There is the sentiment that apps are for the young. Apps are for everyone. In fact, many older adults (how many of us want to admit we’re seniors at 55?), rely upon digital apps for our everyday lives. Yes. digital apps are also for Boomers not just Generations, X, Y, and Z.
It’s a bit ageist to believe seniors don’t know how to use apps or don’t want to. For those whose retirement puts them into a restrictive fixed income, it may not be practical to spend a lot of money on apps; that’s the difference.
“Technological changes are in many ways positive in nature (including perhaps being carried off on a horse rather than having to walk). They help us with our everyday tasks and bring new solutions for Seniors and others requiring assistance.” Warren Laine-Naida
If you have an iPhone, the Health App allows you to curate all of your health data in one location. It integrates with your Apple Watch as well. Seniors love convenience. Who doesn’t?
Keep track of your weight, blood pressure, workouts, steps, and more. Most apps like Endomondo that track walks and runs also integrate with the Health App. Headspace can add minutes into the mindfulness category.
Android users have similar apps in the Google Play store as well. And the Institute for Aging has a list of resources for all kinds of apps -- including managing medication.
Whether it’s Uber or Lyft, ride sharing apps are part of everyday life for most Boomers as well as Millennials. If you live in a city with plenty of public transportation options like Portland, Oregon, you can mix up walking with the local trolly. Need to do a run at your local IKEA? Rent a car for a couple of hours with the Zipcar app.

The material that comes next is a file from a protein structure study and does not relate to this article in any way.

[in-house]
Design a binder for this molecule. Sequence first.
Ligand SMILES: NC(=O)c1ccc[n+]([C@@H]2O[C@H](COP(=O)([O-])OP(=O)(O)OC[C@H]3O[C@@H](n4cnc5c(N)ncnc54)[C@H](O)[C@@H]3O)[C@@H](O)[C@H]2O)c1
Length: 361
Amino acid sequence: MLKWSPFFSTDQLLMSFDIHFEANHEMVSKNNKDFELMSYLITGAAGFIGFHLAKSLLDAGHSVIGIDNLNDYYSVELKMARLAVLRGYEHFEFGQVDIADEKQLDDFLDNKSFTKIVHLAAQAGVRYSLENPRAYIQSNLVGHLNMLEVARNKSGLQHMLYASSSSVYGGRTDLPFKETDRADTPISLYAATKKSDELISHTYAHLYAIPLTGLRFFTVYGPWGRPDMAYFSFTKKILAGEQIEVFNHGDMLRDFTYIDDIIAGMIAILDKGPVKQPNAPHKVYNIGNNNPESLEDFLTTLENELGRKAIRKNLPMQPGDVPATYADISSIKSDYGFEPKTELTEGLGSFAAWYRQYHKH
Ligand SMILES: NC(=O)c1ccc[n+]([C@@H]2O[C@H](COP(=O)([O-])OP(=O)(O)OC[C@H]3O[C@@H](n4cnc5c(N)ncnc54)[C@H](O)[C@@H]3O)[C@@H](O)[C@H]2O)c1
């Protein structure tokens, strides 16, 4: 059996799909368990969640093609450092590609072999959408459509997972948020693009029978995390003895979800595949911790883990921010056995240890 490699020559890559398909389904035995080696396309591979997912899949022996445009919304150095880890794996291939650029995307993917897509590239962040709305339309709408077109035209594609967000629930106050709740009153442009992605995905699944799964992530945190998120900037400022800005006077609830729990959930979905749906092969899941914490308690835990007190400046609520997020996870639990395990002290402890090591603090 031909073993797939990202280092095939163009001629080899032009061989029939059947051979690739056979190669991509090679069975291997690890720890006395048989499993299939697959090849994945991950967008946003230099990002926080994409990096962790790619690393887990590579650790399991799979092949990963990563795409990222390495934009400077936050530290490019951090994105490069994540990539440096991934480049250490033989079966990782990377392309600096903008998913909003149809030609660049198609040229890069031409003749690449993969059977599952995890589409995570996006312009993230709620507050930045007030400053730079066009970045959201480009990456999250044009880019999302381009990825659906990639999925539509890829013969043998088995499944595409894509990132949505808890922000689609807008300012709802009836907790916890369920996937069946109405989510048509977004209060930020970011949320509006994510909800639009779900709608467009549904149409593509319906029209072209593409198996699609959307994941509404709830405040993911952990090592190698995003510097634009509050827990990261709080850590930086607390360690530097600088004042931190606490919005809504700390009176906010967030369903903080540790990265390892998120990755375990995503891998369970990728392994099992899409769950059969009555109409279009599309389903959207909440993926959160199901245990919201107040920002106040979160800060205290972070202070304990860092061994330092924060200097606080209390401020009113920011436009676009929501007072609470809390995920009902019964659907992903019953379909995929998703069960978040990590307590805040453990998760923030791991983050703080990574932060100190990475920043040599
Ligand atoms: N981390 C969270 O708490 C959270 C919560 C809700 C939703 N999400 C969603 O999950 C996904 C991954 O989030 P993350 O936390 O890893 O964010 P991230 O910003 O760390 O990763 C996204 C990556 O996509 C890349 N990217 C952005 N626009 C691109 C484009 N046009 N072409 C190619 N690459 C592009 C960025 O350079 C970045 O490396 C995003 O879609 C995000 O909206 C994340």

This combination of apps are perfect for seniors of any age. Living our best lives means using technology for our own advantage.
Curio is perfect if you want well-written articles read to you like a podcast. Kindle has an app if you prefer to read on your mobile device instead of their own table. Almost every news outlet has their own app from the Wall Street Journal to the New York Times.
Gaming isn’t just for the kids playing Fortnite or Minecraft. The New York Times has their daily crossword app, Scrabble has their app, not to mention all of the seniors playing slots and Candy Crush. Yes. (My 74-year-old neighbor next door plays Candy Crush daily.)
Puzzles are a great way to learn and relax after reading the news on the remove apps.
Besides the native Health App on the iPhone, there are many fitness apps from yoga to crossfit to Tai Chi for people of all ages. Asana Rebel is a popular yoga app, Endomondo is great for tracking your walks, and don’t forget that Silver Sneakers is a great program that also has an app.